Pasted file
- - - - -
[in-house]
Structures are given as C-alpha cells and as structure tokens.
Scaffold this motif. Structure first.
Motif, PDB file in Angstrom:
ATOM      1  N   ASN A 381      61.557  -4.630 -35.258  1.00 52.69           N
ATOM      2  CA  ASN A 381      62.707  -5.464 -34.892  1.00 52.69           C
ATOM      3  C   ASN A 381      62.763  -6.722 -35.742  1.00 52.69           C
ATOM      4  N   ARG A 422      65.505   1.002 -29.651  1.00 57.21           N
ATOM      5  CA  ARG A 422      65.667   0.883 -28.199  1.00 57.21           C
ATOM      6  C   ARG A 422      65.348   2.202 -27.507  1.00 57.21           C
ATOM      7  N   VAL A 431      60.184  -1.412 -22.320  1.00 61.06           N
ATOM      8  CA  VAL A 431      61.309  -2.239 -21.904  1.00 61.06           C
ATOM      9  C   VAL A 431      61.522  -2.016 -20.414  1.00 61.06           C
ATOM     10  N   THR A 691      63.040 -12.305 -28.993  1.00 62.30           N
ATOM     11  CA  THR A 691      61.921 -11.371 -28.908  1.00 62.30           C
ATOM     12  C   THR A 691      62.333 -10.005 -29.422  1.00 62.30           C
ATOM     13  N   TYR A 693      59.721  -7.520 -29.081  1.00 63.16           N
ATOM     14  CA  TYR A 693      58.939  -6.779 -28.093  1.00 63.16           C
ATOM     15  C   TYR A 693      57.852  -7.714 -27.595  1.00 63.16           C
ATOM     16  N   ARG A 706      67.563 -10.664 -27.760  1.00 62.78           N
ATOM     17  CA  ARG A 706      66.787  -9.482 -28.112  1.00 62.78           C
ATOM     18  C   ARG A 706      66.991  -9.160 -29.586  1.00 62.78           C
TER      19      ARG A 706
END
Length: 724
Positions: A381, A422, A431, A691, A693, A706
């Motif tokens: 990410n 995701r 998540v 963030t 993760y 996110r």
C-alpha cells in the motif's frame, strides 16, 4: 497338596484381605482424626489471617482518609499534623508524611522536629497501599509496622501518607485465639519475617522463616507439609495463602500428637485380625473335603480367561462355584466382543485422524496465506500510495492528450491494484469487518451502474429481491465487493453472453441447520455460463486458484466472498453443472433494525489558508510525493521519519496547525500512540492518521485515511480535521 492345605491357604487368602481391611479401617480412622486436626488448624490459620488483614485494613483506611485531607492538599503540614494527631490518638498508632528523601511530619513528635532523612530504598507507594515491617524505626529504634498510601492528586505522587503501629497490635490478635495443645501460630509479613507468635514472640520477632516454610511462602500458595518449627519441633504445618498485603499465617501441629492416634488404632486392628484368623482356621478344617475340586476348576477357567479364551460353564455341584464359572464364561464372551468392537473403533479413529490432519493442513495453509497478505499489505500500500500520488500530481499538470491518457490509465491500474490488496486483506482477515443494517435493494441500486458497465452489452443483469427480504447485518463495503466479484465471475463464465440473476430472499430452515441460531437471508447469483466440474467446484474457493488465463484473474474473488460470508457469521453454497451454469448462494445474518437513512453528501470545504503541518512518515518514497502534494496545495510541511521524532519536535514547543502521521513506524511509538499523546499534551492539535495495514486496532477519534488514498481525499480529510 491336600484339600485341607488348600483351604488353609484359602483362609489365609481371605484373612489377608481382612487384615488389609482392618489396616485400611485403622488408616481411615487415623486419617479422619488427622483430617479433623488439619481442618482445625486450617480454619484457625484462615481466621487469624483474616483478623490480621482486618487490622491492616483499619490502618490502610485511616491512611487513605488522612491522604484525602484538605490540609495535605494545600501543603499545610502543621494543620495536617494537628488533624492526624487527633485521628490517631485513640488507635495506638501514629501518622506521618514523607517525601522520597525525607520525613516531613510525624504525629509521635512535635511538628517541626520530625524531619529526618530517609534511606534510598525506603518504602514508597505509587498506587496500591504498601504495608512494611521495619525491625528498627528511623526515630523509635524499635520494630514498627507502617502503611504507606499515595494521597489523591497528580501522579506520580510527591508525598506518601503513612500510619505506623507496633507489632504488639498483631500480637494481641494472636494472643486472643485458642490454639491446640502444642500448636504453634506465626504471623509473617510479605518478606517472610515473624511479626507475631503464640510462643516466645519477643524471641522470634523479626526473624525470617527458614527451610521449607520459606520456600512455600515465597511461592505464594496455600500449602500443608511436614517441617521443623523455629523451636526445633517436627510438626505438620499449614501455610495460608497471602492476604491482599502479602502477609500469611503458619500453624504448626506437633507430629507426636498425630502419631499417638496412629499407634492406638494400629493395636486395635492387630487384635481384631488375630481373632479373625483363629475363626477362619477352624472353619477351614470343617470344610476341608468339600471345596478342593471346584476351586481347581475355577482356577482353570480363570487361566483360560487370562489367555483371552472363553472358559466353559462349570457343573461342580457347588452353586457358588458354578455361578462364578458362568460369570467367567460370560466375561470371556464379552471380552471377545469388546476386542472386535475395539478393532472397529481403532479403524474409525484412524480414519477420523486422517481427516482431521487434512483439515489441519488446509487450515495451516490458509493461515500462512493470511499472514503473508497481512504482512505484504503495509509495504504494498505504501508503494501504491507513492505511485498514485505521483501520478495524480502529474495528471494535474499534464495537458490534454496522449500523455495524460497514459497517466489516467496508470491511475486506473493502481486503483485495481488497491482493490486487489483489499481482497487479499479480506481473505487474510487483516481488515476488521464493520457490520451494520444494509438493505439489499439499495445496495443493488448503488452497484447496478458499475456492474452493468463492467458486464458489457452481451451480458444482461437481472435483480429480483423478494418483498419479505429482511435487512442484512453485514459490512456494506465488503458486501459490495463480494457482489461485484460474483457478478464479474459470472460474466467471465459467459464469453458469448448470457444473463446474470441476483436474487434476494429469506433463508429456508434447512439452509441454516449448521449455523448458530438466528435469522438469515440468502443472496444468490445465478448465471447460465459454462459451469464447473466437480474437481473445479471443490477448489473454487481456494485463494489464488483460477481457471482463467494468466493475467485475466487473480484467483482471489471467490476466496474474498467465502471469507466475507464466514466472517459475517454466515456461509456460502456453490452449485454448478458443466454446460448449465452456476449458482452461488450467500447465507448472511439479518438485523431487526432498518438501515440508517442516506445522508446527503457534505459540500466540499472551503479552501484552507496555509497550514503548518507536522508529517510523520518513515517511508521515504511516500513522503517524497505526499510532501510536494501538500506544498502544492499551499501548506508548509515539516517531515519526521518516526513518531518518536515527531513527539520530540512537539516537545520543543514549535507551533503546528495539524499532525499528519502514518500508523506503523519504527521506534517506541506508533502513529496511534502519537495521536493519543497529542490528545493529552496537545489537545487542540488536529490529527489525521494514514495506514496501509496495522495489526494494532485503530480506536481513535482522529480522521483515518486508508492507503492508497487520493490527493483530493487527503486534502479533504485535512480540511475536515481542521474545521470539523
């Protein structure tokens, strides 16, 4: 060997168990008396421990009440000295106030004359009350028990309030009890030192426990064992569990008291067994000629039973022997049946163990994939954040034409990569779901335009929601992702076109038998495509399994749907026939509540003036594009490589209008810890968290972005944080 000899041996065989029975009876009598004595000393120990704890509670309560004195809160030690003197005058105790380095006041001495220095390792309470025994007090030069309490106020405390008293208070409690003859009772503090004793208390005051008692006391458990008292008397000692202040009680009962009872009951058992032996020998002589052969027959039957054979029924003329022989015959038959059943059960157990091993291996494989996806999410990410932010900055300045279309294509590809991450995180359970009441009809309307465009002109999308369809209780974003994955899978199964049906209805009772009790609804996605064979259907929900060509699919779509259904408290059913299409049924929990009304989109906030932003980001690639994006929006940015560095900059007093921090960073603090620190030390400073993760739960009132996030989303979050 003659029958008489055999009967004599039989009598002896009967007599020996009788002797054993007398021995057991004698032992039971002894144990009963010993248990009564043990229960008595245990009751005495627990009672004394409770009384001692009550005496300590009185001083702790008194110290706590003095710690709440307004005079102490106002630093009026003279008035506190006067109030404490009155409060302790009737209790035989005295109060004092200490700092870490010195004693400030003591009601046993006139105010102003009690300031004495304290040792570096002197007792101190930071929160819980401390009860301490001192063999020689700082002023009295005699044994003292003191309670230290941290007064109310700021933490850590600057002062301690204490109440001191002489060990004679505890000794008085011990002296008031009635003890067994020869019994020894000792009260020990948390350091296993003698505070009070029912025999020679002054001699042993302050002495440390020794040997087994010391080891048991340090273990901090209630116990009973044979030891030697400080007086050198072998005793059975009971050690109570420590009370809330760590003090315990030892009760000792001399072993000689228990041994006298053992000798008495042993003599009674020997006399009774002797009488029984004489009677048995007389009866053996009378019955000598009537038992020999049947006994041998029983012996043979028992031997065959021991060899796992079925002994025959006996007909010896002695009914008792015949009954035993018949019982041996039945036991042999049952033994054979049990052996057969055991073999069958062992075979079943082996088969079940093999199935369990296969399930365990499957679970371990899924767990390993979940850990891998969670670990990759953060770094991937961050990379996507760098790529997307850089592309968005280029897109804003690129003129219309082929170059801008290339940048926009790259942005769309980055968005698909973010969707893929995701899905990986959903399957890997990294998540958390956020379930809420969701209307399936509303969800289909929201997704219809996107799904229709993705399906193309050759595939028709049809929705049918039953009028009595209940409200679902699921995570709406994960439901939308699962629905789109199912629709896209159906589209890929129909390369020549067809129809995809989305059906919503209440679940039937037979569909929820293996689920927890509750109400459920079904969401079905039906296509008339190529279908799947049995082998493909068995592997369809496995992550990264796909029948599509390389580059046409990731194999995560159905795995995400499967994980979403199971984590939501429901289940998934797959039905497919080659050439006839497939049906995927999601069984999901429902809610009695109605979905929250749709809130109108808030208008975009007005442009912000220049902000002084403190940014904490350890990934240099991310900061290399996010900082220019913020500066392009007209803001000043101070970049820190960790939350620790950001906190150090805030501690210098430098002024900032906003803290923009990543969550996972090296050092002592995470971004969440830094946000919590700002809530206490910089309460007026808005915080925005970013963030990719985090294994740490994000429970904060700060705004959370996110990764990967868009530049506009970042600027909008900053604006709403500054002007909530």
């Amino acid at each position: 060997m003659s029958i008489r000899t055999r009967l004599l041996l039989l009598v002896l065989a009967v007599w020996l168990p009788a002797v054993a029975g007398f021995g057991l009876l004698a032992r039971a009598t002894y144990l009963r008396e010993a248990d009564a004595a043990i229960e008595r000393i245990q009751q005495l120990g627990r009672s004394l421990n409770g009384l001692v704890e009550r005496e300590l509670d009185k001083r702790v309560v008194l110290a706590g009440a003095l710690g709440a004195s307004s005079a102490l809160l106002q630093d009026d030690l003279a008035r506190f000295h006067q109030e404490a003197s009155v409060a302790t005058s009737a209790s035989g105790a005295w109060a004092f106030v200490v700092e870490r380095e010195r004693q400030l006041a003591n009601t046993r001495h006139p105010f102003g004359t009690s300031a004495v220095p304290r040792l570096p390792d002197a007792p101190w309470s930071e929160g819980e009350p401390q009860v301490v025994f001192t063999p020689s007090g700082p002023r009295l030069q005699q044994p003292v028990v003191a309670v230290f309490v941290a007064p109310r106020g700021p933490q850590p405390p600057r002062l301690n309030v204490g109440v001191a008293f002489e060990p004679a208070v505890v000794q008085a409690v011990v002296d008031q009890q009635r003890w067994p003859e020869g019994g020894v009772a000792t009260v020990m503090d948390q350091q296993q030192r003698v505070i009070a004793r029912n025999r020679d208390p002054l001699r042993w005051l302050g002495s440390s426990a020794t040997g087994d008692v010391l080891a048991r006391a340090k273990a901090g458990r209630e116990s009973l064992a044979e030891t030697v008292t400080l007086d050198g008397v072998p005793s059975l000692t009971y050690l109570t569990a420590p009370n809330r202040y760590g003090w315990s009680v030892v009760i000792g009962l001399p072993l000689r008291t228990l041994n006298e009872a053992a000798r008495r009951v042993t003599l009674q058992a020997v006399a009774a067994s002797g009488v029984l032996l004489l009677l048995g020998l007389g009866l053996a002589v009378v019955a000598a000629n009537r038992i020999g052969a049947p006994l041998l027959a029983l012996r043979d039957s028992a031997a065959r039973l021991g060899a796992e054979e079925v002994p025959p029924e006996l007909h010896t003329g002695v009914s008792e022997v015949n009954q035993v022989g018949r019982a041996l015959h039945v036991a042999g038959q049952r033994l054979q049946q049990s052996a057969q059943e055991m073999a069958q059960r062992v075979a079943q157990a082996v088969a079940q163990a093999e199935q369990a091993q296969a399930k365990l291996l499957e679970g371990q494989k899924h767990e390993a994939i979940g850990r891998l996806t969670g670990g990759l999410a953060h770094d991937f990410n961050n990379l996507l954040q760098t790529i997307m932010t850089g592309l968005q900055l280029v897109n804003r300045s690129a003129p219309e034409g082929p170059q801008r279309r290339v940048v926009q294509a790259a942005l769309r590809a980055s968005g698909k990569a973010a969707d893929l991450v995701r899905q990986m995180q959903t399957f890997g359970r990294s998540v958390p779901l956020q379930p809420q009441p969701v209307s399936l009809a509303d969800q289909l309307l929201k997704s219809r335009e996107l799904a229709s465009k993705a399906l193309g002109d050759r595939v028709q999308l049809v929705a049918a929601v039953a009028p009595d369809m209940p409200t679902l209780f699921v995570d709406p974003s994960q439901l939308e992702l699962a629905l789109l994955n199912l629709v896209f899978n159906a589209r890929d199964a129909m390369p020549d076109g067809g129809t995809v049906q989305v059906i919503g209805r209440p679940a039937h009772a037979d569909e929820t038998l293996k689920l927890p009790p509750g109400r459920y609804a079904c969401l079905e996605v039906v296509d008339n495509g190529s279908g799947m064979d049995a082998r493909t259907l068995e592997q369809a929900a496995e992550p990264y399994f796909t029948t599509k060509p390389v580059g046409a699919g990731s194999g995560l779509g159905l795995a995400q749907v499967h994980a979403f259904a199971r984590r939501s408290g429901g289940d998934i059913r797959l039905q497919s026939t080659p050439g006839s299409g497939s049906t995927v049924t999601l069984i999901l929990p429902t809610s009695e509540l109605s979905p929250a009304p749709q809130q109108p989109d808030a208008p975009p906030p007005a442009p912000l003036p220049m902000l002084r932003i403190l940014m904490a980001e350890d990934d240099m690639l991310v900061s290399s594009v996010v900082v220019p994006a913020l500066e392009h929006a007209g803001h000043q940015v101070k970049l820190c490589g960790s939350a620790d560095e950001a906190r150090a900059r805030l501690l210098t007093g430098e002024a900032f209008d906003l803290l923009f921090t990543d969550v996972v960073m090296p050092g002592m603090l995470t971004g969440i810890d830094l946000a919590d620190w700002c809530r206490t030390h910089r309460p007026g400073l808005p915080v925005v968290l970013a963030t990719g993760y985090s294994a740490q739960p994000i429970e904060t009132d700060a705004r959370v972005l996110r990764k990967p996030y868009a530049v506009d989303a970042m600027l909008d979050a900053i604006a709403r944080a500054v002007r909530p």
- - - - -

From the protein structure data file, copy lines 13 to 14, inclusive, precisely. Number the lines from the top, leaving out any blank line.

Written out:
ATOM      9  C   VAL A 431      61.522  -2.016 -20.414  1.00 61.06           C
ATOM     10  N   THR A 691      63.040 -12.305 -28.993  1.00 62.30           N